Avery-Cohen Advising College Faculty Leaders
Professor, Pathology, Microbiology and Immunology
Director, Division of Infectious Diseases, Dept. of Medicine
Associate Professor, Medicine
Associate Professor, Cell and Developmental Biology
Director, Physician-Scientist Training Program
Associate Professor, Medicine
Associate Professor, Pathology, Microbiology and Immunology
Interim Department Chair, Medicine
Avery-Cohen Associate College Advisors
Instructor, Nephrology, Medicine
Fellow, Gastroenterology, Medicine
Instructor, Endocrinology, Medicine
Avery-Cohen Advising College Namesake
Oswald Theodore Avery was born in 1877 in Halifax, Nova Scotia. Avery attended Colgate University, where he excelled in literature, public speaking, and debate, earning his BA in the humanities in 1900. In the absence of any scientific background or prior evidence of interest, after college Avery chose a career in medicine and entered the Columbia University College of Physicians and Surgeons in New York. He received his medical degree in 1904.
Avery moved in 1907 to laboratory work at the Hoagland Laboratory in Brooklyn, the first privately endowed bacteriological research institute in the United States. Avery initially worked on the bacteriology of yogurt, but soon developed an interest in tuberculosis after his mentor, Benjamin White, contracted a case. It was during this time that Avery established what his biographer René J. Dubos called the pattern of his career, the “systematic effort to understand the biological activities of pathogenic bacteria through a knowledge of their chemical composition.” In 1923 he became a faculty member at the Rockefeller Institute, where he worked until his retirement in 1948. Avery was one of the first molecular biologists and was a pioneer in immunochemistry, but he is best known for his discovery in 1944 with his co-workers Colin MacLeod and Maclyn McCarty that DNA is the material of which genes and chromosomes are made. The Nobel laureate Arne Tiselius said that Avery was the most deserving scientist not to receive the Nobel Prize for his work. A lifelong bachelor, Avery moved to Nashville, Tennessee in 1949 to be near his brother, Roy, a bacteriologist at Vanderbilt University, and family, and died there of pancreatic cancer in 1955. He is buried in Nashville’s Mount Olivet Cemetery.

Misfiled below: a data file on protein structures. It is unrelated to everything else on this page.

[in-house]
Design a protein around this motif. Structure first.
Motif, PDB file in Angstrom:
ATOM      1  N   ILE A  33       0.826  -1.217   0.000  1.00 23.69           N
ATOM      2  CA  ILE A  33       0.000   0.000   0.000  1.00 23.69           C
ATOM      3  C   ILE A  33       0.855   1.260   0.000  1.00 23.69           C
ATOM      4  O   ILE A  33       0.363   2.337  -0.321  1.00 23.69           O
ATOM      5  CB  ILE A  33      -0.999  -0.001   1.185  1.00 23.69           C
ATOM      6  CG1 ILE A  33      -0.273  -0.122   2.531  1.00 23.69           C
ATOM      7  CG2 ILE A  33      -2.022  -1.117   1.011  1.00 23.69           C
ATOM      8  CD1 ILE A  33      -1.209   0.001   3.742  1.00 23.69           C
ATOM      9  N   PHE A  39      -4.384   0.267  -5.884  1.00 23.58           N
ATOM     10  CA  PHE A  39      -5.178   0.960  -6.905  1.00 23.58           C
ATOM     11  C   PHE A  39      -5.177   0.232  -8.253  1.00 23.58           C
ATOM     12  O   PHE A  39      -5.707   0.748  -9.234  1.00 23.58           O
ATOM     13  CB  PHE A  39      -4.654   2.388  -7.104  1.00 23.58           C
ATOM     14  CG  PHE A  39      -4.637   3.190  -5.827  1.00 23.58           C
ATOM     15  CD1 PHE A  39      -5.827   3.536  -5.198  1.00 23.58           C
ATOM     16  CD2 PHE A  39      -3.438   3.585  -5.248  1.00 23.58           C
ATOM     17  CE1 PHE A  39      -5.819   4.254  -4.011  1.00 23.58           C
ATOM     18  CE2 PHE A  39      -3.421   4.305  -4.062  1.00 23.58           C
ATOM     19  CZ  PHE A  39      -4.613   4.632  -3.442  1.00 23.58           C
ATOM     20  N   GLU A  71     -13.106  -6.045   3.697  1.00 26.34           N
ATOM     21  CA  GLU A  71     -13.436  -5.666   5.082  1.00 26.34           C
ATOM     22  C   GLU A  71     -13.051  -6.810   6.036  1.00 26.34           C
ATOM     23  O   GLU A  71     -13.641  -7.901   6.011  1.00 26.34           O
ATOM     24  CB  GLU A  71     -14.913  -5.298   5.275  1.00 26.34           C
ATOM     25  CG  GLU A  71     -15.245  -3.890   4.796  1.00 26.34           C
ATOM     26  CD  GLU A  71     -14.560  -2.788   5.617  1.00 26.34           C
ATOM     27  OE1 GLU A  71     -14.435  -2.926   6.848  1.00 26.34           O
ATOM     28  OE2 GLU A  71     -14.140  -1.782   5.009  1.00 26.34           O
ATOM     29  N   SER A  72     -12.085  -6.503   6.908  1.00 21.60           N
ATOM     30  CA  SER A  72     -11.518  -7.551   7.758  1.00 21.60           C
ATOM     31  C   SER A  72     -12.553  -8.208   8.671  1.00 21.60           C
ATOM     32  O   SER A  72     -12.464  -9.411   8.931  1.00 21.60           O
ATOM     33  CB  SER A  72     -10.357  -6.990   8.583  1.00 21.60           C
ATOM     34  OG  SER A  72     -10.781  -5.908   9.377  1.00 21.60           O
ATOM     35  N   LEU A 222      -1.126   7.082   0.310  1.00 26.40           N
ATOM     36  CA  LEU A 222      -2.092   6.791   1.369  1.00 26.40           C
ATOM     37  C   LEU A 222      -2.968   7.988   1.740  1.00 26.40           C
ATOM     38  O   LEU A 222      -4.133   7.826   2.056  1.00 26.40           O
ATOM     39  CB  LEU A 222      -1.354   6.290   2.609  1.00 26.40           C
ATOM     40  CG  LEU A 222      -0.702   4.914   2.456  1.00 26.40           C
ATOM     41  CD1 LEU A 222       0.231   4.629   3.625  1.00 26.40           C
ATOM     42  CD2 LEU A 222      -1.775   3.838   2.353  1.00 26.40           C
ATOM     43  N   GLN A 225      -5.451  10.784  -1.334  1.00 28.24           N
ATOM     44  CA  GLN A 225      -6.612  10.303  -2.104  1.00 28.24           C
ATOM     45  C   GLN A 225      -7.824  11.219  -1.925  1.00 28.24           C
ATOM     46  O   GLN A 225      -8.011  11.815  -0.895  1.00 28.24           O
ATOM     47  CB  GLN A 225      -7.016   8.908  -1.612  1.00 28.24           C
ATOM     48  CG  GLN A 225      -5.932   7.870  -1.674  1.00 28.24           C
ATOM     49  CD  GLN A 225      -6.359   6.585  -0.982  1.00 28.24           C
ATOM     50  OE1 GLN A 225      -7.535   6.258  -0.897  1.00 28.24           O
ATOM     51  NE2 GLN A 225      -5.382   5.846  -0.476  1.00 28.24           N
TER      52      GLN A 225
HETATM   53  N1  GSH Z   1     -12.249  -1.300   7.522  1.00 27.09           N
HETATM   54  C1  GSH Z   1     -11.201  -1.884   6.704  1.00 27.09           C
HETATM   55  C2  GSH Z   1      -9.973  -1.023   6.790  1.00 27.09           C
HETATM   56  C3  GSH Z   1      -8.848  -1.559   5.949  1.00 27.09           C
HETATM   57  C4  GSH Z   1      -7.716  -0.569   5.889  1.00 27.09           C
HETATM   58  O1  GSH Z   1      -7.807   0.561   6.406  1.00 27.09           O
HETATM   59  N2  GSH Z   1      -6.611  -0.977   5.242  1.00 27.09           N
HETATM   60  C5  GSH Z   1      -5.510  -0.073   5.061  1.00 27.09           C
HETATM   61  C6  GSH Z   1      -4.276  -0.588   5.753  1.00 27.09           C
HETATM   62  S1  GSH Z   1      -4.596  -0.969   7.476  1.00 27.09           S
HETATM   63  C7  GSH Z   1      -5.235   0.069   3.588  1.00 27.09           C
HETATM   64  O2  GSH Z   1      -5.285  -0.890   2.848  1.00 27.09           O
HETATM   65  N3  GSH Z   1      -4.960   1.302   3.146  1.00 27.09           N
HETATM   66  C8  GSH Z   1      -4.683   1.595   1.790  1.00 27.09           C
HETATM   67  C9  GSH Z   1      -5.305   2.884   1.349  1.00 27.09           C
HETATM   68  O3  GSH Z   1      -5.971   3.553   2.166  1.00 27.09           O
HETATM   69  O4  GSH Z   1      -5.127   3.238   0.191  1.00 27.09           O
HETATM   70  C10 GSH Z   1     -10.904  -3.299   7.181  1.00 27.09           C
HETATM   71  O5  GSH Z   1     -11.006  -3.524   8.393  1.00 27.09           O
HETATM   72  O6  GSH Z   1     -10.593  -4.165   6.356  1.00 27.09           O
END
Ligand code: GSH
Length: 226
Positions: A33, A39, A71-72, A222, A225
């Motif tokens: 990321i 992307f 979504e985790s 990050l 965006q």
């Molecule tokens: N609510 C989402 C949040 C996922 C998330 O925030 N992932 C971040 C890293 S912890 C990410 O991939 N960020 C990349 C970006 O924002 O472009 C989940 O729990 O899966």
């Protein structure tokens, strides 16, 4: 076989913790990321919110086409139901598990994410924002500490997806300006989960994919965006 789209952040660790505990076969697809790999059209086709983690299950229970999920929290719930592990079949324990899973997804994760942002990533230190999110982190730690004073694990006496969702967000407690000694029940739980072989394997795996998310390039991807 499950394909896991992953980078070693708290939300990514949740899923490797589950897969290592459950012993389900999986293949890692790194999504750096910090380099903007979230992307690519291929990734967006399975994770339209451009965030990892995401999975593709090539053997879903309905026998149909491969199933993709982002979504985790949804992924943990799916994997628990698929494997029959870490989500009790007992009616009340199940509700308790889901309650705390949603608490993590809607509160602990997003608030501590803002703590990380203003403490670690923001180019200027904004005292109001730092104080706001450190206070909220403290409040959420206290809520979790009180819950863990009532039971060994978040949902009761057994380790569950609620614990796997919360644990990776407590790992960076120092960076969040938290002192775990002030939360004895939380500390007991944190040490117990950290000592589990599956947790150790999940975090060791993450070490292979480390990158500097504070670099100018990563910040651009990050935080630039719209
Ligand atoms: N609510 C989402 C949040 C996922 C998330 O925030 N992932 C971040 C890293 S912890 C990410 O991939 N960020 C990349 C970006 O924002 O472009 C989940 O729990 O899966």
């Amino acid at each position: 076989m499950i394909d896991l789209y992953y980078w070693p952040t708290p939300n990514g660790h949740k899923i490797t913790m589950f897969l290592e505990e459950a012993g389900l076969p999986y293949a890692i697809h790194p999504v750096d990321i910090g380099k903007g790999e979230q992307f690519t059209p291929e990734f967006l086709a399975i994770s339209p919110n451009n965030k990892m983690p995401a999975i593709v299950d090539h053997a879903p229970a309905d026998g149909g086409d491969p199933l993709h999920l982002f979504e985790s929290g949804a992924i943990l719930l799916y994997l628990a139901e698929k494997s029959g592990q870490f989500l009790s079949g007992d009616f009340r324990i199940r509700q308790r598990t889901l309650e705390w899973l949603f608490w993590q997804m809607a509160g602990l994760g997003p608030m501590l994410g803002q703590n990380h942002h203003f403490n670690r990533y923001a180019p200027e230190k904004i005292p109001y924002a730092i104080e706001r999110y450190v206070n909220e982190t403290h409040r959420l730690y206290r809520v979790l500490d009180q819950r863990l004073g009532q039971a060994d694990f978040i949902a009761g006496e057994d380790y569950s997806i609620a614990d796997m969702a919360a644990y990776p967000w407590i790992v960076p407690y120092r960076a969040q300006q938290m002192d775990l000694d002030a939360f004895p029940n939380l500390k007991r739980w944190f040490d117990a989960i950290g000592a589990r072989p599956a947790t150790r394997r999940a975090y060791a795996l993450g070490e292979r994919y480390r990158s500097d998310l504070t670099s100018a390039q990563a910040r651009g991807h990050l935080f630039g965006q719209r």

Stanley Cohen was born in Brooklyn, New York in 1922. Both his mother and father were Russian-Jewish emigrants who came to America in the early 1900s. His father was a tailor and his mother a homemaker. Though of limited education themselves, Dr. Cohen wrote in his biography that his parents “instilled in me the values of intellectual achievement and the use of whatever talents I possessed.” He was educated in the Brooklyn public school system, but earned a full scholarship to Brooklyn College, where he received his bachelor’s degree in 1943 with a double-major in chemistry and zoology. After working as a bacteriologist at a milk processing plant to earn money, he received his M.A. in zoology from Oberlin College in 1945. He earned a Ph.D. from the department of biochemistry at the University of Michigan in 1948.
After a short stint at Colorado, he went to Washington University in 1952 to work with Martin Kamen in the Department of Radiology at Washington University as a postdoctoral fellow of the American Cancer Society. He learned isotope methodology while studying carbon dioxide fixation in frog eggs and embryos. In 1953 He became associated with the Department of Zoology under the leadership of Viktor Hamburger at Washington University and joined Rita Levi-Montalcini to isolate a Nerve Growth Factor (NGF) that Dr. Levi-Montalcini had discovered in certain mouse tumors and to become educated in the field of experimental embryology. Cohen isolated nerve growth factor and then went on to discover epidermal growth factor. He continued his research on cellular growth factors after moving to Vanderbilt University in 1959 as an Assistant Professor in the Biochemistry Department, exploring the chemistry and biology of epidermal growth factor (EGF). His research on cellular growth factors has proven fundamental to understanding the development of cancer and designing anti-cancer drugs. In 1986 he and Dr. Levi-Montalcini were awarded the 1986 Nobel Prize in Physiology. Cohen also received the Louisa Gross Horwitz Prize from Columbia University. Dr. Cohen remained active in Vanderbilt School of Medicine activities for many years. He died on February 5, 2020 at the age of 97.